March 23, 2011

Pride Goes Before a Fall

Don't get too smug.  Pride goeth before a fall.

I have been guilty, not of sinful pride so much as stupid smugness in my garden.

I was awfully sure that I had no vole problem in the narrow strip of garden that borders my front walk.  Having no vole problem in New England is the same as gardening indoors with houseplants.  It just means you haven't been outside.

But for the first three years, I was able to create a nice mosaic of low plants in a hot dry strip along the garage wall, where bulbs and shrubs were not bothered by voles at all. 

I was proud of the effect I had created, especially in spring.  I had alliums: tall purple globes and small golden garlic and some sweet pink rosy garlic too.

And tulips!  'Queen of Night' and 'Triumphator' made a nice black and white study in early spring, and the voles left them alone.  Surprisingly, the tulips came back each year.  I even added some pink and green viridiflora 'Groenland' tulips this fall.

Planted among the bulbs I had little bun shaped false cypresses and last summer I added two iteas -- Virigina sweetspire 'Little Sprich'.  There were sedums -- 'Angelina' and 'Red Carpet' and a tall sedum with white and green foliage called "Frosty Morn', and a frothy Amsonia hubrichtii with gorgeous yellow fall color.

My theory was that the voles, which plague our lawn and gardens, would not cross the cement walk to get into this narrow strip.

My second theory was that all the the alliums I had planted here discouraged the voles with their strong oniony scent.

Whatever the reason, I had no problem with voles, and when I read Frances at Fairegarden's problems in her wall garden, I smugly thought: "Ha, I don't have to do that!  Poor Frances....."

Fall color was nice too, with the garnet red of the iteas shining against the brick wall.

Then, last fall, disaster struck.

Everywhere I looked there were tunnels.  Entry and exit holes and piles of excavated dirt.  Tall sedums toppled over, their roots gnawed off.

The little bun shaped false cypresses kept losing the lowest branches from underneath.  Every time I touched a plant or deadheaded or did anything in that area, the plants wobbled.  By late November the whole strip was a disaster, with plants keeling over.

Entire  branches of the young iteas were chewed off and left lying next to a vole hole. The woody iteas were easily upended from the earth, and on inspection, bereft of most of their roots.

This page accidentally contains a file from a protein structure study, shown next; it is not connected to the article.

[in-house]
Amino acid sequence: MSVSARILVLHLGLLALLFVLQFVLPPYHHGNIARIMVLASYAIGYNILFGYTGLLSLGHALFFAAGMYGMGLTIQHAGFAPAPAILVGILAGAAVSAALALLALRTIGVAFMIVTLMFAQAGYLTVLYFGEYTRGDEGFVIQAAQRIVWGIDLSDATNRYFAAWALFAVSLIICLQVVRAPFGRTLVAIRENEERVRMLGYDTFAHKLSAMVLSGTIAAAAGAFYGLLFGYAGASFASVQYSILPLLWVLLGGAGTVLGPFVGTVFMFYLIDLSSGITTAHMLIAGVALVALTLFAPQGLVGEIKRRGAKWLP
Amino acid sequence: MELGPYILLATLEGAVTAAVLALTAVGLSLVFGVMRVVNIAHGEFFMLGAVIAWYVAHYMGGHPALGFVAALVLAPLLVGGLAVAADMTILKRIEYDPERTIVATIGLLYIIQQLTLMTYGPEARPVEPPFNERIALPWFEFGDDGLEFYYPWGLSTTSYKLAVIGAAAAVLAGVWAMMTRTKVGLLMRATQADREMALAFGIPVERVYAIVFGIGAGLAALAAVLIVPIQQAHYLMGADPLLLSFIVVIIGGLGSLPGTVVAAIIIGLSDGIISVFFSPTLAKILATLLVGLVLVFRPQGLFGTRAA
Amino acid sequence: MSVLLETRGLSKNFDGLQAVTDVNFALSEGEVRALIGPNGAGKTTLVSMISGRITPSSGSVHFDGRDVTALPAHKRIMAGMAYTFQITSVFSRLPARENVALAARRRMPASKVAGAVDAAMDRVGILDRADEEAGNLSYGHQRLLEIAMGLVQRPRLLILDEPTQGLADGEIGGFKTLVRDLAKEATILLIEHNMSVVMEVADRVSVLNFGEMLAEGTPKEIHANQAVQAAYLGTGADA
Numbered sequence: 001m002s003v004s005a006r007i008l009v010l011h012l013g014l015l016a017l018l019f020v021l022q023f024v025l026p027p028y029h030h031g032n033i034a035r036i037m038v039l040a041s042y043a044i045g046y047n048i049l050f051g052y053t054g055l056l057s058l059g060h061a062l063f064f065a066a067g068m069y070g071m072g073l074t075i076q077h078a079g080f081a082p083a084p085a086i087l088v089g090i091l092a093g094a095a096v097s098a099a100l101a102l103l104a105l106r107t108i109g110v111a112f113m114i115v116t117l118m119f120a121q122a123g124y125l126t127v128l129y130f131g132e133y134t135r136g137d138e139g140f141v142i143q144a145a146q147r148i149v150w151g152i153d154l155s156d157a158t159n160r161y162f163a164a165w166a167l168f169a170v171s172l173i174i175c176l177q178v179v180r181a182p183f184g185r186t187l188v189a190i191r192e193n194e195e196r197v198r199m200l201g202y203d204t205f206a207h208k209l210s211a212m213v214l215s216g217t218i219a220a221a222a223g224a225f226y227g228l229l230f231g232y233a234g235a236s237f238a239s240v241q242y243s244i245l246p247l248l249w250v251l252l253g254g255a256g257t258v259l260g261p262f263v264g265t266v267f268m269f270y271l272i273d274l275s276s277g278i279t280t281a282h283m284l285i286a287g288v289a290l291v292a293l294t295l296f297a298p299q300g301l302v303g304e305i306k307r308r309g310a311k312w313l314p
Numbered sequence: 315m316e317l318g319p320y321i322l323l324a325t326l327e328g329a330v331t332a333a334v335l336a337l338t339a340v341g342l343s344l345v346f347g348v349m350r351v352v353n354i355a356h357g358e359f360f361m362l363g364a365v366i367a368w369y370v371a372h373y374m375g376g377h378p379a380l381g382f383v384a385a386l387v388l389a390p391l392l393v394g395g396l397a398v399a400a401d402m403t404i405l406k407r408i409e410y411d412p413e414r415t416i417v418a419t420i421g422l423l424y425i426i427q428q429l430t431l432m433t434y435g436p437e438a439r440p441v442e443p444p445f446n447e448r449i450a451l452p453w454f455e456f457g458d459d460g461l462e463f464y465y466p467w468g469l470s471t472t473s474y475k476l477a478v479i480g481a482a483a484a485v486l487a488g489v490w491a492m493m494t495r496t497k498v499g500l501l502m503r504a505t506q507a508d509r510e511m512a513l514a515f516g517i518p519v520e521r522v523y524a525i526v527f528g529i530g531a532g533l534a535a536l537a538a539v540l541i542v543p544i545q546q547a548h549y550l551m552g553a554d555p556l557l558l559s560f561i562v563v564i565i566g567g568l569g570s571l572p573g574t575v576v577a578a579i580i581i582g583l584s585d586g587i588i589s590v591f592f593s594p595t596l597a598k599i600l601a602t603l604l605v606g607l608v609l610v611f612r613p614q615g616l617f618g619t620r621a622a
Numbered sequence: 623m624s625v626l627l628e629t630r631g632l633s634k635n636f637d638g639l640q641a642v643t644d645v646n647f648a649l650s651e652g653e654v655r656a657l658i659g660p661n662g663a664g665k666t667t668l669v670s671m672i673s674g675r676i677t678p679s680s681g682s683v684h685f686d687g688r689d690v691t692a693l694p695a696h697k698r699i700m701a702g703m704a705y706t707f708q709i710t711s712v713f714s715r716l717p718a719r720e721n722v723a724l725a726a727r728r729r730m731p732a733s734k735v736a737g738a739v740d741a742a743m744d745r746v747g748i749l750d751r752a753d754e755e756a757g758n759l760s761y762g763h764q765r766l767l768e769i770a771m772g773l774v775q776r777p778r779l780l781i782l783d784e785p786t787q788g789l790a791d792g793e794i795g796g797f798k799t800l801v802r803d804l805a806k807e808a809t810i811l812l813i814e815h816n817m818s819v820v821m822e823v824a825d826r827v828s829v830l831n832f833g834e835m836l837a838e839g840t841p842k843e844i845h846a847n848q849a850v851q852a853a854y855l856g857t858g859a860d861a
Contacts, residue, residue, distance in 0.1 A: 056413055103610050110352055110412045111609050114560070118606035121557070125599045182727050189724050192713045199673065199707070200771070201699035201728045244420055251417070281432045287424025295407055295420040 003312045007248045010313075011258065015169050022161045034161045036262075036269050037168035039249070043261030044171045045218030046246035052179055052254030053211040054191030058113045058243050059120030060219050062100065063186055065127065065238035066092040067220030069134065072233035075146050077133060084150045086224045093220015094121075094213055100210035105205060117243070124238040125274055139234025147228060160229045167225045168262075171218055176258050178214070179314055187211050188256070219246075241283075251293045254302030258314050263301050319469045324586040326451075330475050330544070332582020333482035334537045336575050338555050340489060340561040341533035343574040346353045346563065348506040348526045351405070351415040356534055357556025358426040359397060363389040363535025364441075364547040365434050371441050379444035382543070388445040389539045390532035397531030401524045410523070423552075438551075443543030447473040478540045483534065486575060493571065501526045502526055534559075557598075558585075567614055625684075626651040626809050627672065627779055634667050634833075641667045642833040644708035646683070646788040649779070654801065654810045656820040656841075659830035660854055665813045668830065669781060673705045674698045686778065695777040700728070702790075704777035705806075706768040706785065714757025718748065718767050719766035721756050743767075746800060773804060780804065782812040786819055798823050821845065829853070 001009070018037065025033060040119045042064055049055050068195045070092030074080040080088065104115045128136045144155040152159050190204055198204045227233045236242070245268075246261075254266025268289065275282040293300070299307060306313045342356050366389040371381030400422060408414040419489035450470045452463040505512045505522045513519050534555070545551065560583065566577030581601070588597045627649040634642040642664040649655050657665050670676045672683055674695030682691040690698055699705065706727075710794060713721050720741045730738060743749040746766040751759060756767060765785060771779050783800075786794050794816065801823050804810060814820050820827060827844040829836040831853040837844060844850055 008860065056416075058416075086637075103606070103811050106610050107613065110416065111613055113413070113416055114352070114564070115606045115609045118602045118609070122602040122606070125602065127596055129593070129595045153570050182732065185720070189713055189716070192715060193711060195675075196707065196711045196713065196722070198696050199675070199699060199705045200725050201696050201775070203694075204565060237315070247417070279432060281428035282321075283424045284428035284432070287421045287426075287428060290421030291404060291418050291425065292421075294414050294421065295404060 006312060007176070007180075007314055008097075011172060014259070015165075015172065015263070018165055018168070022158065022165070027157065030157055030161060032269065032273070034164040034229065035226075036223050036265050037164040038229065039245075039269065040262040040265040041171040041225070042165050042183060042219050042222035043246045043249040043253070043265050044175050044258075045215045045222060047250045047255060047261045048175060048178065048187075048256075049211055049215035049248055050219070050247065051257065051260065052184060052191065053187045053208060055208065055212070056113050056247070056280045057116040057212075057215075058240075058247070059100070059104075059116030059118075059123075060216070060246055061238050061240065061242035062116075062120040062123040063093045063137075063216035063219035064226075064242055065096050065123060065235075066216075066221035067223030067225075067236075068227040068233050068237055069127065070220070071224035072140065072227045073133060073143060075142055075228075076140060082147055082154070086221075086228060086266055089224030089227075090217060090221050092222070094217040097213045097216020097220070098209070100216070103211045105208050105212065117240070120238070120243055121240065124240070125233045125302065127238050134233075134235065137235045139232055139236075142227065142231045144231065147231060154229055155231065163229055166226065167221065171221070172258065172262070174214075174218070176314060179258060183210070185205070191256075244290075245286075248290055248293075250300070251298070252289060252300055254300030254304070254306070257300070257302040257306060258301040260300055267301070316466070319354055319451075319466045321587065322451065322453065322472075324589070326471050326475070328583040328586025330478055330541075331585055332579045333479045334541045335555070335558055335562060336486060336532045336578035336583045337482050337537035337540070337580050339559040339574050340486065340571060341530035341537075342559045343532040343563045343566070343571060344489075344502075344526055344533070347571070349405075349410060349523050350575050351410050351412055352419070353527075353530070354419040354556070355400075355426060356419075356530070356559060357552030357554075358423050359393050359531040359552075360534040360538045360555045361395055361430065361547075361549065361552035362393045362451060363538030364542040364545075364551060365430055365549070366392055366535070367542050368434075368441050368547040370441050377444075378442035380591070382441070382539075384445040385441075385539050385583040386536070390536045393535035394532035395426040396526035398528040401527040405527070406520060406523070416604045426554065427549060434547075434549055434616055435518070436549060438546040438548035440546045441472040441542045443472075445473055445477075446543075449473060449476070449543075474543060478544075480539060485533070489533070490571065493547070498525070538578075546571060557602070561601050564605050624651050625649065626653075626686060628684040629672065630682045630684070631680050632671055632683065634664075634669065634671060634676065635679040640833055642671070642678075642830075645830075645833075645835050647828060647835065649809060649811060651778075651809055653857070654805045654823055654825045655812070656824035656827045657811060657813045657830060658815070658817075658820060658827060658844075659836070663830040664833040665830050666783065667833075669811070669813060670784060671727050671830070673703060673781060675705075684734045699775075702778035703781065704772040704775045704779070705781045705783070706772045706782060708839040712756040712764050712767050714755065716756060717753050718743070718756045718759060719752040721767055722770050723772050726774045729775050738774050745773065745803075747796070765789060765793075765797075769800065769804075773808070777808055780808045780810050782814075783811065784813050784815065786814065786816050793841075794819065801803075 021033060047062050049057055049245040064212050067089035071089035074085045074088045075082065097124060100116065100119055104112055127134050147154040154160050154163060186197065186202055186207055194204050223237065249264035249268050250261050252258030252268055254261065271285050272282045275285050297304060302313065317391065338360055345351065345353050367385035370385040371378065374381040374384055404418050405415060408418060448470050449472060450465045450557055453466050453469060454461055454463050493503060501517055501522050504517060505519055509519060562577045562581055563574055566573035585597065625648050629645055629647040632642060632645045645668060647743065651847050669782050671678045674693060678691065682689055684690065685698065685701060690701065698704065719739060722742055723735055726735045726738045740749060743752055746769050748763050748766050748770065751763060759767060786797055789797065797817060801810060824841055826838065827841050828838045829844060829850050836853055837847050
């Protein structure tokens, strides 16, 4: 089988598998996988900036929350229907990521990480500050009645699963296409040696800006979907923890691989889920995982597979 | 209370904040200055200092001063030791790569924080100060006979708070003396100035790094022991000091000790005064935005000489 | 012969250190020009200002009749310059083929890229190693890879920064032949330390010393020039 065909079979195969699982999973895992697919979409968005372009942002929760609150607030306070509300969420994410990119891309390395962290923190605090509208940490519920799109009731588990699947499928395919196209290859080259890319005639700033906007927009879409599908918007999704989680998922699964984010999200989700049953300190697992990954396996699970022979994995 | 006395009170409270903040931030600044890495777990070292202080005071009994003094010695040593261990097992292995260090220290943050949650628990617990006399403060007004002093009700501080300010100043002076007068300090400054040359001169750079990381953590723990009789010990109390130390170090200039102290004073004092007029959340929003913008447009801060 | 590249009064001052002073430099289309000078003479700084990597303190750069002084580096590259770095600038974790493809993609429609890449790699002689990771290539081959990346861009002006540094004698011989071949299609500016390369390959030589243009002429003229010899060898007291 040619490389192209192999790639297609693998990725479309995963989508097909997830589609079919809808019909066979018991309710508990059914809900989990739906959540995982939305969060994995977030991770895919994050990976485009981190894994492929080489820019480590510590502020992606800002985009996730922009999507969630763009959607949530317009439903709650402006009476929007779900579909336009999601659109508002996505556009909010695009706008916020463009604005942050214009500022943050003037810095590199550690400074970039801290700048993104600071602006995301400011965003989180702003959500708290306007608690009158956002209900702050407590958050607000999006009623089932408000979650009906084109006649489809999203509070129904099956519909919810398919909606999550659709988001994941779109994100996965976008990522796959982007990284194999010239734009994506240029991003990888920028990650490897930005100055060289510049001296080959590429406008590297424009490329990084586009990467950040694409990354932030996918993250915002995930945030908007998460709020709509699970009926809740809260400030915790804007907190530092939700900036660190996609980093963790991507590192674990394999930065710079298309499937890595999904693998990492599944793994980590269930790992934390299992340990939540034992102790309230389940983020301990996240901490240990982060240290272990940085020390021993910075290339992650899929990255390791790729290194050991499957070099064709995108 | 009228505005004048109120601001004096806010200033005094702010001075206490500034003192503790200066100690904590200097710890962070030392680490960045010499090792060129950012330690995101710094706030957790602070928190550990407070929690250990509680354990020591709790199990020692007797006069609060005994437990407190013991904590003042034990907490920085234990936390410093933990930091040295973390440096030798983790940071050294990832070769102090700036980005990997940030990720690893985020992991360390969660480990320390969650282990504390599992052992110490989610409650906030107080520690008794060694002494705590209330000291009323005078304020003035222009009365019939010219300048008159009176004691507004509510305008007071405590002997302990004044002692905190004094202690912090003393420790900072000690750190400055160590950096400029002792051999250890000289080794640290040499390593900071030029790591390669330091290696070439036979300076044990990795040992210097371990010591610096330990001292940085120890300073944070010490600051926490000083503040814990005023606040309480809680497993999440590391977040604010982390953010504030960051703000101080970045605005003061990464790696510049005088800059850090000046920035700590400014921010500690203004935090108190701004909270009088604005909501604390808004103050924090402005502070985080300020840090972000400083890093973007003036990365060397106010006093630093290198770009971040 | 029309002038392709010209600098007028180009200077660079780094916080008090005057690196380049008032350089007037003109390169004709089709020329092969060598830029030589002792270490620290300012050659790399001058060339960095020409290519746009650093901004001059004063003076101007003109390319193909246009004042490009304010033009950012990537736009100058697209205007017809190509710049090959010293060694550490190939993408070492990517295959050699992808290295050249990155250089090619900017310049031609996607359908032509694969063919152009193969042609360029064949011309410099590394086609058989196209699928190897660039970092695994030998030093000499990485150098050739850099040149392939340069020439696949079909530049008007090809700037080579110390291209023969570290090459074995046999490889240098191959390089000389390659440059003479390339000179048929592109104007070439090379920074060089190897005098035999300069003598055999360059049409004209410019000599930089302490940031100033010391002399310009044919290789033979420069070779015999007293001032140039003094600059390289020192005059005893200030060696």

I added sharp gravel all over the area, since voles have soft bodies and won't cross a gravelly barrier.  ha.

I sprinkled peppermint oil down the holes, and used the old chewing gum trick, and various obstacles stuffed in the tunnels.  ha.

Mouse traps baited with peanut butter were raided, the bait completely eaten, but the traps unsprung.  ha.

I was so smug.

Humbled now, I know I have to dig up the entire strip.  I have to dig down 18 inches, add inches of gravel, not just a sprinkling, and lay down a sheet of hardware cloth.

Then I will add soil and replant what can be salvaged that might still have some living roots.  Or I will buy new plants.  More gravel on top.  A big friggin' project.  Fortunately I have Frances's Wall Project post showing how to do it, complete with pictures.

What was I thinking?  Of course I have voles in this garden.  I even see them, brazenly scurrying around my ankles as I try my escalating levels of rodent harassment and murder.  I have heard high pitched squeaky laughter as I work to salvage this devastated garden.

The tulip bulbs surely brought them in.  They just waited a few years until I was proud of this space and smug about what I had created.  Then they moved in.

Humility is a lesson I am still learning.

16 comments:

  1. What a disaster:(!!!I'm so sorry,the area looked absolutely astonishing before they attacked,so beautiful in every season...Well,sometimes gardener's life is a battle,but we fight,won't we:)

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  2. I am so sorry, Laurrie! Your garden choices were inspired and lovely, the red leaves especially, and the tulips and all of it. Thanks for the linkage! I am still watching the bulbs arise from my anti-vole project, so far, so good. But I am not smug or for one minute think I have the upper hand. But the hardware cloth might at least give them pause. I see the voles scampering from wall to wall, sigh. We can't win, you know that, right? :-)
    Good luck!
    Frances

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  3. The high-pitched laughter really adds insult to injury. :( I'm sorry to hear about the loss of so many plants. The garden strip looked beautiful, which is no doubt why the voles found it so irrestistible.